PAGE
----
Seriously Delving Into Family Historian 6

I mentioned in my post “A Week of Unexpected BSOs”  that Family Historian 6 genealogy software was a new-to-me choice for my family tree records. I think I also mentioned that although I was aware of, and owned, RootsMagic 7, Legacy 8 and Heredis 2015, that there was something about Family Historian 6 that captured my eye and drew me in. With the 20%  discount being offered to current Family Tree Maker users, I decided to purchase it – $37.20 U.S. – and downloaded it. I also joined the FH6 users’ group and downloaded the PDF users’ manual.

I also stated in the BSOs post that I wasn’t going to be reviewing my four possible FTM replacements because others do that very well. However, I’ve decided to write about my learning curve with Family Historian 6 because it is still very much drawing me in. Please don’t expect this to be a conventional review, as I won’t be making any recommendations about purchasing.

I do think it’s important to share the aspects of Family Historian 6 that made me want to try it out.

Before I get into explaining my first steps with the program, if like me, you had never heard of Family Historian, there is  professional 2016 software review that compared features available in various programs. (Google “genealogy software top ten reviews 2016”). You might also want to visit the Family Historian website at some time, before, during or after my posts, for more information. There is a 30 day trial version available for Family Historian 6.

Family Historian Home Page

These posts will be relatively short because when I read this kind of stuff, my own brain gets overloaded quickly.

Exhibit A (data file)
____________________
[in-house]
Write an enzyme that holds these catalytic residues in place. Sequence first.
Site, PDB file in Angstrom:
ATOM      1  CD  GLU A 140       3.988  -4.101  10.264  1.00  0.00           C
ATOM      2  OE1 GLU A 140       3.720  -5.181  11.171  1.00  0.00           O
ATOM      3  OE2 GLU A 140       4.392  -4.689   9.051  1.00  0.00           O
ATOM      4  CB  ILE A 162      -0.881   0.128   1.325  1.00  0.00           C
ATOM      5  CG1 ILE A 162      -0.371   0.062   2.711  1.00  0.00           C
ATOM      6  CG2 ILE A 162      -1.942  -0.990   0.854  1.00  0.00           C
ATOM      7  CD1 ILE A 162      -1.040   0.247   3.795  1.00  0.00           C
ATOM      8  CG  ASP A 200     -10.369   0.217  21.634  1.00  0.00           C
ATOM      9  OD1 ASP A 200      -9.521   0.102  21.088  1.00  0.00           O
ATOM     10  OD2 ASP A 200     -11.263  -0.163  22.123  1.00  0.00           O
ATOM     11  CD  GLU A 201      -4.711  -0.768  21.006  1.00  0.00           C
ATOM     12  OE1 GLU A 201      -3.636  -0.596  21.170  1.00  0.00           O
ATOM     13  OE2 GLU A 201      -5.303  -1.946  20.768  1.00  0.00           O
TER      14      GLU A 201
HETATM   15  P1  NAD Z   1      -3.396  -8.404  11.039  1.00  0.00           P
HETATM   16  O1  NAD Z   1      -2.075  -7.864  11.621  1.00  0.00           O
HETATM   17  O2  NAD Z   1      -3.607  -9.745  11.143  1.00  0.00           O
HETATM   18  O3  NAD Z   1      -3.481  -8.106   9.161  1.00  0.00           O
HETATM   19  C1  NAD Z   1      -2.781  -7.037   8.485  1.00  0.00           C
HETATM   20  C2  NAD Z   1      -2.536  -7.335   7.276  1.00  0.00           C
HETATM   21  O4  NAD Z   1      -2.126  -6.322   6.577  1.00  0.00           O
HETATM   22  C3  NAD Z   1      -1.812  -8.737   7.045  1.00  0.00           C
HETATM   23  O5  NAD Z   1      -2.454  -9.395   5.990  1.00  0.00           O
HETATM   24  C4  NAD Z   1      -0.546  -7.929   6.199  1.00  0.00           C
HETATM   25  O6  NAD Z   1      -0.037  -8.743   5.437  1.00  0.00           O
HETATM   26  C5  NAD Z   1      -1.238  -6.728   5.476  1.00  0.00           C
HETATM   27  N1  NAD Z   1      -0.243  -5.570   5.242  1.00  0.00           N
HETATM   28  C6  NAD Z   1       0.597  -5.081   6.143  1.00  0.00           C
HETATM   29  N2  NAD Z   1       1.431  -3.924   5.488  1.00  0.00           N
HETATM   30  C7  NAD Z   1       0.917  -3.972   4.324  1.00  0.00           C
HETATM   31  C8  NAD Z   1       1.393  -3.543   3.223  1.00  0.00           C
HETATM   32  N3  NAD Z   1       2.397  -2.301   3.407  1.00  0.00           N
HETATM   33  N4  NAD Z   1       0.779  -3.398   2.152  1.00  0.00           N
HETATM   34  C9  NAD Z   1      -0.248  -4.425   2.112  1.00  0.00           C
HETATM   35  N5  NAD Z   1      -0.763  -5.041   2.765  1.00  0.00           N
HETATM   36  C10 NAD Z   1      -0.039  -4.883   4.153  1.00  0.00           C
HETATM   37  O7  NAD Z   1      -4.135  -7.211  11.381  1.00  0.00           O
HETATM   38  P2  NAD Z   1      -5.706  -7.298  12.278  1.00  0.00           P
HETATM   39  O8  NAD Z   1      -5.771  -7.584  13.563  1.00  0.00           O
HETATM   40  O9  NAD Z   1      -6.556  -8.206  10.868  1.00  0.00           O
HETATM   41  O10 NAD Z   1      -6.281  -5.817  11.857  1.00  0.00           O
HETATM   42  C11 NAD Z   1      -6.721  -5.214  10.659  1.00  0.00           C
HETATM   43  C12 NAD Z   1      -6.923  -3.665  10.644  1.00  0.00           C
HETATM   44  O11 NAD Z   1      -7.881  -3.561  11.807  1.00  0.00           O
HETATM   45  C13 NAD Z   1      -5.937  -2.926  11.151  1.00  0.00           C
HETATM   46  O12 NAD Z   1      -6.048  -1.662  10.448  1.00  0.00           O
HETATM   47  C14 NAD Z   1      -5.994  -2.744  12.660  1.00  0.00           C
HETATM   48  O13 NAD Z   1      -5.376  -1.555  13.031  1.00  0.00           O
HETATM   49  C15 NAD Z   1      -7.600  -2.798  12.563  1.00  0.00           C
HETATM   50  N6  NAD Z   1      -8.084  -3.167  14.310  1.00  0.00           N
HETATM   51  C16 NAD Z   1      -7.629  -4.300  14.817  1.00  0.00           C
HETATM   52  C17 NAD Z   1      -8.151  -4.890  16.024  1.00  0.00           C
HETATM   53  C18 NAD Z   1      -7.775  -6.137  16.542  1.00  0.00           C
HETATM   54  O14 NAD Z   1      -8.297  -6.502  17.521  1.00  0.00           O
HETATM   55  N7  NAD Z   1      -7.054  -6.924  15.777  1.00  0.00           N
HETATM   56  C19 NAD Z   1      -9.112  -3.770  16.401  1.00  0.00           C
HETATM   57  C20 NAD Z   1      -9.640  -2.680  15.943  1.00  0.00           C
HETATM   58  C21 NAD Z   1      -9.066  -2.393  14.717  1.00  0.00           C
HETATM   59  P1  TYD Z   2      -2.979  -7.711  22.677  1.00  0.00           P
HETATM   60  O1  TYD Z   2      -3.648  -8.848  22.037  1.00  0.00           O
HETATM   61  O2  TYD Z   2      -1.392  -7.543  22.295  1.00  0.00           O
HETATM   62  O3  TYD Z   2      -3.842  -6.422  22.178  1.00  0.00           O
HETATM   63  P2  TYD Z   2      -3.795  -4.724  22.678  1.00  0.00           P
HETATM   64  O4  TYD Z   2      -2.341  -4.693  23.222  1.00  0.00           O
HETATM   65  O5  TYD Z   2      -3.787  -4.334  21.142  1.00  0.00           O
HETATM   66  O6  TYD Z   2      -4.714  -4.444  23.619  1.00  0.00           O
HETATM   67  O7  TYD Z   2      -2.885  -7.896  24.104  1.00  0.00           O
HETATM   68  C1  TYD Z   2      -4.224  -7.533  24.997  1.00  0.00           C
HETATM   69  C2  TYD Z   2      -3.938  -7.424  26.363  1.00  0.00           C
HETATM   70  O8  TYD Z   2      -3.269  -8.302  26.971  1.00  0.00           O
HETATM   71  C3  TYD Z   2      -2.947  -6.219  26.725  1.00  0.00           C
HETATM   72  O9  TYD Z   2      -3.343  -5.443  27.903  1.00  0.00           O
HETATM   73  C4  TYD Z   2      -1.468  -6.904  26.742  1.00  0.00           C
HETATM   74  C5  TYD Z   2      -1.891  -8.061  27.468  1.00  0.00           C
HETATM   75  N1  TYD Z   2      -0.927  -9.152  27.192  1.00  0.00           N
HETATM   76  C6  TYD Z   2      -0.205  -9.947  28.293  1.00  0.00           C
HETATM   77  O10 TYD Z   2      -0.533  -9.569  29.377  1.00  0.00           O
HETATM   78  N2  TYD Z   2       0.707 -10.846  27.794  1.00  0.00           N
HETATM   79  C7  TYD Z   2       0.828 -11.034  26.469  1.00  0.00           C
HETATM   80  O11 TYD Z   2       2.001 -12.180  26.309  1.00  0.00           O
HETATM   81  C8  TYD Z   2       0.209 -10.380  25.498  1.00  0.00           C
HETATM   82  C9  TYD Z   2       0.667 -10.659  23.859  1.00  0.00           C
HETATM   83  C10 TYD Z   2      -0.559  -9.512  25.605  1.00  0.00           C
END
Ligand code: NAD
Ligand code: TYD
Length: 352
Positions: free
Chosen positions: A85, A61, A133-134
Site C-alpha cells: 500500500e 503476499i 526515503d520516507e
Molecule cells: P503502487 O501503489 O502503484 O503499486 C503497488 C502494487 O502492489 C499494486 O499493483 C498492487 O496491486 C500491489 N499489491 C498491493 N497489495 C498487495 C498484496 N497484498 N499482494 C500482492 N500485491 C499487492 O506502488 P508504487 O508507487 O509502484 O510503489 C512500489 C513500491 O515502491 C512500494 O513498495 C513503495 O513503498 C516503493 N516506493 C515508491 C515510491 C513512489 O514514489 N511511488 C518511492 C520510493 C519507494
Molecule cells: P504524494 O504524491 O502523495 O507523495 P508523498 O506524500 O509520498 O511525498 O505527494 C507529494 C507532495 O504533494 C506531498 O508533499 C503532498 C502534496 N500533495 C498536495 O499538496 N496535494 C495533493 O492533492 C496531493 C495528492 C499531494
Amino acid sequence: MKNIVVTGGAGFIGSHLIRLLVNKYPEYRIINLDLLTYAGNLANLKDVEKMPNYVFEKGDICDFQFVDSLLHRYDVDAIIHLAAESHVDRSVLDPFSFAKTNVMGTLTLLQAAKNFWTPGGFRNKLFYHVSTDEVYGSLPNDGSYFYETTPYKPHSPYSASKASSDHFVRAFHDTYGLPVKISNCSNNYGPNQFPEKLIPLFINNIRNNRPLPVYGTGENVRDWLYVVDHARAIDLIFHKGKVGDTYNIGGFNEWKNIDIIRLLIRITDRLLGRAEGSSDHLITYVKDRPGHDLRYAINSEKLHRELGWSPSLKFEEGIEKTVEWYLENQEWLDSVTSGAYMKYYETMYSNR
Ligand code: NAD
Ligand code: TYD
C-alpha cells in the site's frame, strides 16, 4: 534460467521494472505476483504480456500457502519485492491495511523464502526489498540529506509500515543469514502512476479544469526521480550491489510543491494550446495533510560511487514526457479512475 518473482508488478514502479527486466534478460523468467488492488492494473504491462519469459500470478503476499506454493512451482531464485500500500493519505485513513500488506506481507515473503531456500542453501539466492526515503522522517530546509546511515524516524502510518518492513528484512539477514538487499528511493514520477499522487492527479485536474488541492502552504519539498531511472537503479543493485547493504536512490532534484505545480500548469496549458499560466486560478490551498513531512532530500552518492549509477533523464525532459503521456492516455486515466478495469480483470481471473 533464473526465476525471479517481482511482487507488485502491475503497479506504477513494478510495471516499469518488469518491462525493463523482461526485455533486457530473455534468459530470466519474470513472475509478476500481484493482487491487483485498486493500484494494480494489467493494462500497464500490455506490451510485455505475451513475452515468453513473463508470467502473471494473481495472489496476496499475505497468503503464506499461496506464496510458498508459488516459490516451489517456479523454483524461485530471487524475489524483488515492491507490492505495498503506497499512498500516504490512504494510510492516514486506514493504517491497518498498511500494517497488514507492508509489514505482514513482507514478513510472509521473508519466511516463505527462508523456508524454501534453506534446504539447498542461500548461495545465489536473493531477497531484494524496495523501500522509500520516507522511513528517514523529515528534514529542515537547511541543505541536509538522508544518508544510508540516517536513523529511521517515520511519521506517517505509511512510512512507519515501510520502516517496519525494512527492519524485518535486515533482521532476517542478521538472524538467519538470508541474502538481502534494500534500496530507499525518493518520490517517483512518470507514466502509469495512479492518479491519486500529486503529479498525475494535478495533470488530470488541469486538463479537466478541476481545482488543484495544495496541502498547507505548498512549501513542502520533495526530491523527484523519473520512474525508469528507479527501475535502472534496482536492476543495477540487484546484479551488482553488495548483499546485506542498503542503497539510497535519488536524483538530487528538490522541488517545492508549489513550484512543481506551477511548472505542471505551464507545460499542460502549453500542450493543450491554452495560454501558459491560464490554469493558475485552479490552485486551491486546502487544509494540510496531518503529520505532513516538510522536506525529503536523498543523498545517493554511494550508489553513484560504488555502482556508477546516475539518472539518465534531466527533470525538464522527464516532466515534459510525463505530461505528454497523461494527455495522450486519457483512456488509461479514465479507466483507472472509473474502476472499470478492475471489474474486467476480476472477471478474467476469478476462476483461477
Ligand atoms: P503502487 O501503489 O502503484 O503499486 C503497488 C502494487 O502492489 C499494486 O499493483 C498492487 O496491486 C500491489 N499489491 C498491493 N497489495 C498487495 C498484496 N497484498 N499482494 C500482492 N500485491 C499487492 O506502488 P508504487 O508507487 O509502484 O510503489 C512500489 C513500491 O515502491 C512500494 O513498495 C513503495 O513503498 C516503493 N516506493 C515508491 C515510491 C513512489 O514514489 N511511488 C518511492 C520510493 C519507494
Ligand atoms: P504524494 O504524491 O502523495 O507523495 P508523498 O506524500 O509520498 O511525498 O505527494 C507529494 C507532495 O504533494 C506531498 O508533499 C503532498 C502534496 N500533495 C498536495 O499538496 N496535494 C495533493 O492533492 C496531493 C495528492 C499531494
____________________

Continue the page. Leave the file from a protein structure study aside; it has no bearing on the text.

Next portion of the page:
Okay, what was the first thing that caught my attention? I watched the 16 minute video tour and, right away, it felt familiar because the screen layout is very similar to that of Family Tree Maker. One new capability of Family Historian 6 that I have not seen in any other software program is the ability to label people in photos by creating boxes around their faces. Here is what it looks like in the video tour:

Young man at far left

It’s hard to see without enlarging the image, but the young man seated at the far left has a gray box around his head. That is how people in photos are identified and linked to the media. I will definitely be trying this out!

Yet another interesting feature was the ability within the program to select a person or persons and have a marked map appear showing all the places they lived.

Lastly, this program even has the capability to be used to create a personal family history website.

Has any of this captured your imagination? If so, then I hope you’ll be following my posts as I learn more about Family Historian 6.

Now, for my first venture into the program – opening it up and creating a new project. When you open the program, this is the first screen that appears: (Click to enlarge any images)

Create a Project

The gray menu box gives the option of creating a new project from scratch or by importing a GEDCOM or other family tree file. I assume the other file might be a currently existing project already in Family Historian.

New Project Choices

There was already a sample project included in the project box, but you can see that I not only imported two GEDCOMs, I also started a small tree from scratch. No manual was needed for any of this. Choices and directions were clear and easy, but don’t mistake that for a sign that this program is too simple or lacking in power! I’ve already discovered that that is definitely not the case. I might have already thrown my computer out the window if not for the help of two very knowledgeable Family Historian users.

That’s as far as we are going for today. In my next post, I will add some people and media to my tree from scratch. I might also try to add a source citation. The users’ manual will be open for sure.

Why don’t you download the 30 day trial version, learn along with me and leave comments and suggestions? It would be much appreciated.

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